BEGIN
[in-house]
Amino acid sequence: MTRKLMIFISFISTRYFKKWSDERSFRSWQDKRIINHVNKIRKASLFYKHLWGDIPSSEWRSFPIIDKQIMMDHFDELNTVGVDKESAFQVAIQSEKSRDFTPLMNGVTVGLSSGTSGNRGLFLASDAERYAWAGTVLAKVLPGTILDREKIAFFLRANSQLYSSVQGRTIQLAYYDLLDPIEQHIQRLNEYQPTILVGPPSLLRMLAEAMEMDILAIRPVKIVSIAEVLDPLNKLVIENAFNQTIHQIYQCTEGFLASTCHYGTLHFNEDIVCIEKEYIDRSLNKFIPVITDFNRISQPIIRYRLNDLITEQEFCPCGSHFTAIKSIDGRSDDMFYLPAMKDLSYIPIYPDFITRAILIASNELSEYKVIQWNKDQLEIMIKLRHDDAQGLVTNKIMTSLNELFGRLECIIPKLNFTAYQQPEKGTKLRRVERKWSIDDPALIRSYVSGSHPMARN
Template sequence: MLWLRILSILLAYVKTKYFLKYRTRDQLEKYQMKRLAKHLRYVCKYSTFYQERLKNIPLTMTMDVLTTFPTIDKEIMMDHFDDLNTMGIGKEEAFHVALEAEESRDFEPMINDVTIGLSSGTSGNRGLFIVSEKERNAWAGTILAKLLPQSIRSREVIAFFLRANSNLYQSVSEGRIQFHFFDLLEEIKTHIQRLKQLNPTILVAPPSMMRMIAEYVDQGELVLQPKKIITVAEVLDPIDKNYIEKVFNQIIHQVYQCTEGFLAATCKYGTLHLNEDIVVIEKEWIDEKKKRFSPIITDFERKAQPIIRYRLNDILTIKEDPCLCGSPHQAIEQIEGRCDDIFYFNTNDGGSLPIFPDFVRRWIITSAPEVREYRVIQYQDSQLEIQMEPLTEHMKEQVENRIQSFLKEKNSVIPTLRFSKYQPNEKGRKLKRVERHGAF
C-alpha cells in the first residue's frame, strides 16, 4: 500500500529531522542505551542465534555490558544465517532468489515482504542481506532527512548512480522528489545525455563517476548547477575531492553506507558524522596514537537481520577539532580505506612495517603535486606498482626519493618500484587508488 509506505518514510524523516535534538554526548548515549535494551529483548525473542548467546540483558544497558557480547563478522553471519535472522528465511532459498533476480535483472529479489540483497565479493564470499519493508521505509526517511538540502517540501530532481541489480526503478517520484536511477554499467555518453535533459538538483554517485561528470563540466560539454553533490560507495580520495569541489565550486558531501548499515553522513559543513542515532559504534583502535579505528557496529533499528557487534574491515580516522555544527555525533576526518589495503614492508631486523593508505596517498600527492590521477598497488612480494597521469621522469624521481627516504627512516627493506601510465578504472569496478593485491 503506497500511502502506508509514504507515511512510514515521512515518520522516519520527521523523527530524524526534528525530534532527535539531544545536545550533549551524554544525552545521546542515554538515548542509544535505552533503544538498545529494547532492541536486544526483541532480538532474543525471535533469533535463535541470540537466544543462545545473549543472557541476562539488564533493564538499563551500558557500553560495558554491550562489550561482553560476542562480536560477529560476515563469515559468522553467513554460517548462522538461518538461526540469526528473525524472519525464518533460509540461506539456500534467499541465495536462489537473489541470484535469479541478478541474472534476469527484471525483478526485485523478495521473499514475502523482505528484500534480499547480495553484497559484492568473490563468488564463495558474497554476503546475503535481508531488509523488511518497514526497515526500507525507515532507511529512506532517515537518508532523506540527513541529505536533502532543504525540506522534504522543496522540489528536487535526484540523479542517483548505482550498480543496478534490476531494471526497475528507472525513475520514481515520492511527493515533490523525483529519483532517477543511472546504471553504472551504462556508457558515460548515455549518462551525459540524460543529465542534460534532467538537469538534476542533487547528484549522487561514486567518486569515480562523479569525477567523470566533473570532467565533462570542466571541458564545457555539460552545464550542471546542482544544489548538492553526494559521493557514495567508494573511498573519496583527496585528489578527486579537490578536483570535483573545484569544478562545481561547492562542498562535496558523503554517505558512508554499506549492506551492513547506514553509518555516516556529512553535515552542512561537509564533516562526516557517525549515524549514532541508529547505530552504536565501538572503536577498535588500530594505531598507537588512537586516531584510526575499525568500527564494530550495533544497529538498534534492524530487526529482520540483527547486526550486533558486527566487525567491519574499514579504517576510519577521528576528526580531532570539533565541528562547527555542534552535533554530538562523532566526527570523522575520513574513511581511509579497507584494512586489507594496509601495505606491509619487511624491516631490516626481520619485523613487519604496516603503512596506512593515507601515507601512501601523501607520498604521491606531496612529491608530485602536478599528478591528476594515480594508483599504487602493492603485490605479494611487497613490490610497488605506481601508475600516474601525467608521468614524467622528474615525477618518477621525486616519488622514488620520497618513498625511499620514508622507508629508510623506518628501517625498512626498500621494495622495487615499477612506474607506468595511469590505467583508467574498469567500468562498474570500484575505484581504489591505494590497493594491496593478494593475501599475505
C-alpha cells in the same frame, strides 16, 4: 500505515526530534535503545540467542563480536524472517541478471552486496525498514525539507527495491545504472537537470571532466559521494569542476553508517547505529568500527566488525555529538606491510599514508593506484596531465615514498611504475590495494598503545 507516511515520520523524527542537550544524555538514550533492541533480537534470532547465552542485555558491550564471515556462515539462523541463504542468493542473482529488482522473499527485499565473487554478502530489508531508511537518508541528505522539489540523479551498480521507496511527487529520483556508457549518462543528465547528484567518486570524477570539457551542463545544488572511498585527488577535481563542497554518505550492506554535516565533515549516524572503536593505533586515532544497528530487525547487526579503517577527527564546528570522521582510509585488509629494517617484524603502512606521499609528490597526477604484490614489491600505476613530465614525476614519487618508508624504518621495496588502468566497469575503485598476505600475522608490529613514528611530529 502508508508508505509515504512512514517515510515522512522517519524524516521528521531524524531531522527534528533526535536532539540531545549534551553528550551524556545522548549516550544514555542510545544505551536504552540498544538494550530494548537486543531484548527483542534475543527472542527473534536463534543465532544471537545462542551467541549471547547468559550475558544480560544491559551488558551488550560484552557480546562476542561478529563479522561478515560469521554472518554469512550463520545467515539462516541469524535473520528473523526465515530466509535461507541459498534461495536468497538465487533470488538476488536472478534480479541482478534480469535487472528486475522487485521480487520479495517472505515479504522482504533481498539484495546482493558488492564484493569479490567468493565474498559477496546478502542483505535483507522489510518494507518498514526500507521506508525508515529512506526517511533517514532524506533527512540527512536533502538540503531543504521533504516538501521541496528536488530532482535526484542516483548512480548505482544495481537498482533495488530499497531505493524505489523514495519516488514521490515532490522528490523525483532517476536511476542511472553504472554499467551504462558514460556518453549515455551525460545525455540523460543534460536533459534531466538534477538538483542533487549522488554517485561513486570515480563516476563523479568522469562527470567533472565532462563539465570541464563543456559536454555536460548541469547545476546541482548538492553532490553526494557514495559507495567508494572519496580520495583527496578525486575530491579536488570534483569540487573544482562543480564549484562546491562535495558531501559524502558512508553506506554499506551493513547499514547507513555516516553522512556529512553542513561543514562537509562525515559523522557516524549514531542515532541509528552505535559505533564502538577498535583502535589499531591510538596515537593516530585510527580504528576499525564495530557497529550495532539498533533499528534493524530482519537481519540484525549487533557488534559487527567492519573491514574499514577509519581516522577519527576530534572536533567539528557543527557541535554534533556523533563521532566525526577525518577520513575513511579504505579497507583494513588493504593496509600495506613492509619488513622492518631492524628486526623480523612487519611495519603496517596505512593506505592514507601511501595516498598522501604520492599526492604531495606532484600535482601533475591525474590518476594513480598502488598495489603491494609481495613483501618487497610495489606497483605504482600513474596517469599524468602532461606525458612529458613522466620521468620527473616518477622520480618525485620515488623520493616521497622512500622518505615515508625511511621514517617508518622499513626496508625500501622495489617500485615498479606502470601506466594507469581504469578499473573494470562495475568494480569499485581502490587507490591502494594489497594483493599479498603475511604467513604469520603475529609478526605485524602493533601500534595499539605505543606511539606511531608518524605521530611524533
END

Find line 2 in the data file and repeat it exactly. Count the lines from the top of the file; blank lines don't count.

Amino acid sequence: MTRKLMIFISFISTRYFKKWSDERSFRSWQDKRIINHVNKIRKASLFYKHLWGDIPSSEWRSFPIIDKQIMMDHFDELNTVGVDKESAFQVAIQSEKSRDFTPLMNGVTVGLSSGTSGNRGLFLASDAERYAWAGTVLAKVLPGTILDREKIAFFLRANSQLYSSVQGRTIQLAYYDLLDPIEQHIQRLNEYQPTILVGPPSLLRMLAEAMEMDILAIRPVKIVSIAEVLDPLNKLVIENAFNQTIHQIYQCTEGFLASTCHYGTLHFNEDIVCIEKEYIDRSLNKFIPVITDFNRISQPIIRYRLNDLITEQEFCPCGSHFTAIKSIDGRSDDMFYLPAMKDLSYIPIYPDFITRAILIASNELSEYKVIQWNKDQLEIMIKLRHDDAQGLVTNKIMTSLNELFGRLECIIPKLNFTAYQQPEKGTKLRRVERKWSIDDPALIRSYVSGSHPMARN